Even though a female may lay as many as 3 million eggs at one time, good luck finding a native striped bass on Florida's east coast.
The St Johns River, listed as the southernmost river in North America suitable for the popular game fish to spawn, has been incapable of supporting a spawn run since 1968, when the Kirkpatrick Dam was built across the Ocklawaha River. The dam paralyzed upstream access to the cool, fast flowing water essential for the bass's successful reproduction.
“We're at the southern temperature range for striped bass,” said retired fisheries biologist Jim Clugston. “The basic biology of any fish is a temperature range in which they can live, another in which they feed and grow best, and another smaller temperature range required to spawn.”
In Florida, more than 1.4 million anglers fish approximately 3 million acres of lakes, ponds and reservoirs and 12,000 miles of fishable rivers. This has an economic impact of $2.4 billion and supports around 23,500 jobs. Former Florida Governor John Martin, in 1925, said that game and fish were “one of the state's most valuable commercial assets, as well as one of her greatest tourist attractions” and that “our fresh and salt water fish should be conserved.”
That has been the mission of the Florida Fish and Wildlife Conservation Commission, which protects and manages more than 200 native species of freshwater fish and more than 500 native species of saltwater fish. For the striper—a fish that has attracted anglers for generations and is the state fish of Maryland, Rhode Island and South Carolina, and the state saltwater fish of New York, New Jersey, Virginia and New Hampshire—the FWC has taken a position of replacement as opposed to restoration, annually stocking hatchery-reared striped bass fingerlings.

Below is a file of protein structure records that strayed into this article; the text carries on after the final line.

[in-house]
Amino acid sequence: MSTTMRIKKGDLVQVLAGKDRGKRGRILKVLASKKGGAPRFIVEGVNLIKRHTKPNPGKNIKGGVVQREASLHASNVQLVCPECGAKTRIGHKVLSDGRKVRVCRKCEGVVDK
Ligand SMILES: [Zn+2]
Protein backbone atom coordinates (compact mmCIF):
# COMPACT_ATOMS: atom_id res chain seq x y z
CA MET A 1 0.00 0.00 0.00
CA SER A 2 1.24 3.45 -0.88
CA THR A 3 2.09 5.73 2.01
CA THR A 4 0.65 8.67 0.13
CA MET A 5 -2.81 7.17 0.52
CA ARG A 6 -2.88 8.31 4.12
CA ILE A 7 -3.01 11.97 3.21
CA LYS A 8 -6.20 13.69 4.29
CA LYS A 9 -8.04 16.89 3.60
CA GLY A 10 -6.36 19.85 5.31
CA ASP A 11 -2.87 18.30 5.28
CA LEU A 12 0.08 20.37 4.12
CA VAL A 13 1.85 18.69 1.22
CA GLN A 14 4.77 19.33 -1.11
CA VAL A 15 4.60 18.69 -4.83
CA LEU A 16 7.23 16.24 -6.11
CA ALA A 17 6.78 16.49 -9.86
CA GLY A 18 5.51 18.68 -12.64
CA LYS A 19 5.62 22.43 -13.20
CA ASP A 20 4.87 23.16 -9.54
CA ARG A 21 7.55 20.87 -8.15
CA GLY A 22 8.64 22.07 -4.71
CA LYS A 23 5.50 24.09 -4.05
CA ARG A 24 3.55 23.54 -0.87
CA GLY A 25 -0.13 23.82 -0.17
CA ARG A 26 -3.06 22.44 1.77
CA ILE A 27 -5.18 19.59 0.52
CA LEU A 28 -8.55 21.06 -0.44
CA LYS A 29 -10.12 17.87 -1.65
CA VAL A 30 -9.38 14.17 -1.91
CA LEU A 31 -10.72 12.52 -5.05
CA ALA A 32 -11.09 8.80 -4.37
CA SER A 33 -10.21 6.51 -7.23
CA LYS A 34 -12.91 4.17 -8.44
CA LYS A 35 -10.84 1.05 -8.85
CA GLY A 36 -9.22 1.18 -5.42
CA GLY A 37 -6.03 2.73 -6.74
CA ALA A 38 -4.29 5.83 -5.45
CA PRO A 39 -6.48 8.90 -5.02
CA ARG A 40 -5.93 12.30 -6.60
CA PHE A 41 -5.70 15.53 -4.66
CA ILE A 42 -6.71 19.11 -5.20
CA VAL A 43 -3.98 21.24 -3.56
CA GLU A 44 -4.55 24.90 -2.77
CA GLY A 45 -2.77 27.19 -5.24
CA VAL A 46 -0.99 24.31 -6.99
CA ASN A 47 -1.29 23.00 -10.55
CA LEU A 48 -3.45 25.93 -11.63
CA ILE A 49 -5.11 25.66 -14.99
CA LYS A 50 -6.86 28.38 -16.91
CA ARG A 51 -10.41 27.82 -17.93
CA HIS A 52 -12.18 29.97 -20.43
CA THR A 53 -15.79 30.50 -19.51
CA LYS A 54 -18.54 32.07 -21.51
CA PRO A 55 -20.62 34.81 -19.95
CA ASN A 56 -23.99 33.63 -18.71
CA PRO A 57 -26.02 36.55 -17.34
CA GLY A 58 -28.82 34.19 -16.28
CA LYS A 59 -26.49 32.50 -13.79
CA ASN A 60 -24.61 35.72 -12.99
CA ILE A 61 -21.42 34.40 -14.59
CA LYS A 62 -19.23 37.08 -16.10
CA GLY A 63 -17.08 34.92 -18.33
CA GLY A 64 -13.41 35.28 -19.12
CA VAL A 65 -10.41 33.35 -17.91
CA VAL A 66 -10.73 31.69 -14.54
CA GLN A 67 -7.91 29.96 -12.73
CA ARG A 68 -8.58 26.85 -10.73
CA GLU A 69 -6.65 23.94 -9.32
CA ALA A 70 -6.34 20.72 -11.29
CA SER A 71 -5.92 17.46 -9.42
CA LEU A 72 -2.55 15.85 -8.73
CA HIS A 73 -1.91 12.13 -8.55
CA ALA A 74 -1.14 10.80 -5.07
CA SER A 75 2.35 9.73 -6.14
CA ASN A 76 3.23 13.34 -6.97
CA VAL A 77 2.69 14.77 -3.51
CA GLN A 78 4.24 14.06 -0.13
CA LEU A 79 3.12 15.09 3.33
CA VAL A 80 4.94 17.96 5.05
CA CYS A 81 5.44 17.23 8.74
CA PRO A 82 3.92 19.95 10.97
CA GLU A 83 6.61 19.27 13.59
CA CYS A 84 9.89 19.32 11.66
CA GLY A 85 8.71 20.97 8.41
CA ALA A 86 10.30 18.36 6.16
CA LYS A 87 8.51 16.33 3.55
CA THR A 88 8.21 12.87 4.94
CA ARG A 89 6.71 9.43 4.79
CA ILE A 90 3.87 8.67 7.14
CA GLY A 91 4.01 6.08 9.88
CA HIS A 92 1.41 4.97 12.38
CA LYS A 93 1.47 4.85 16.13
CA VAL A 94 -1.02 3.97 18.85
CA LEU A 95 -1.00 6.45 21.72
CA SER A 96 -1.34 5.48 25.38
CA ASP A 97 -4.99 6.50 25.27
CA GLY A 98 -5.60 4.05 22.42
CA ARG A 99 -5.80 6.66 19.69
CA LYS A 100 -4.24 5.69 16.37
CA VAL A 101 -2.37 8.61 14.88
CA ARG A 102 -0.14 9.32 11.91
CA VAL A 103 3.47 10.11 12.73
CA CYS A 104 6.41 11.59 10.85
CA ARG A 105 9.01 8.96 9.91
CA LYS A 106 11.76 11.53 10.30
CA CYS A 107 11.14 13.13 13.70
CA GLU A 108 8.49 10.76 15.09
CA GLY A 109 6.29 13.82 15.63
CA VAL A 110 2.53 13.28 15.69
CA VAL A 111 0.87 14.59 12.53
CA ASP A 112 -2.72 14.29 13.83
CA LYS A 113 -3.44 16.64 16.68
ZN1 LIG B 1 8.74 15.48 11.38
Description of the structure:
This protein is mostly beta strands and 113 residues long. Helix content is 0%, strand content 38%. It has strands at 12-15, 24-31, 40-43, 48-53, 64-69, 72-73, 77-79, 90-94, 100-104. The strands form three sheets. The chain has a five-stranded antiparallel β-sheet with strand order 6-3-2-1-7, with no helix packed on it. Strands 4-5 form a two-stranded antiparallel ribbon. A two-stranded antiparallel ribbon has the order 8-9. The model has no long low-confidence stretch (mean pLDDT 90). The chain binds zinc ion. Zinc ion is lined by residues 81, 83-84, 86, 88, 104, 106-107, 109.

This places the burden of maintaining a once-native fish on Florida taxpayers, as a free-flowing Ocklawaha River would allow suitable refuge for the stripers and provide, as an article in Florida Sportsman stated in August, 2012, a “sensational … local economic benefit of having the only native spawning striper fishery in Florida.”
As sea levels rose following the last Ice Age and stream gradients and river flows began to resemble their modern courses, striped bass habitat was whittled down to a single river system along Florida's Atlantic Ocean: the St Johns, where the spring-fed Ocklawaha River provided the necessary and specific qualities—a quick flow, cool temperature and 48-plus-mile length—essential for the popular game fish to spawn.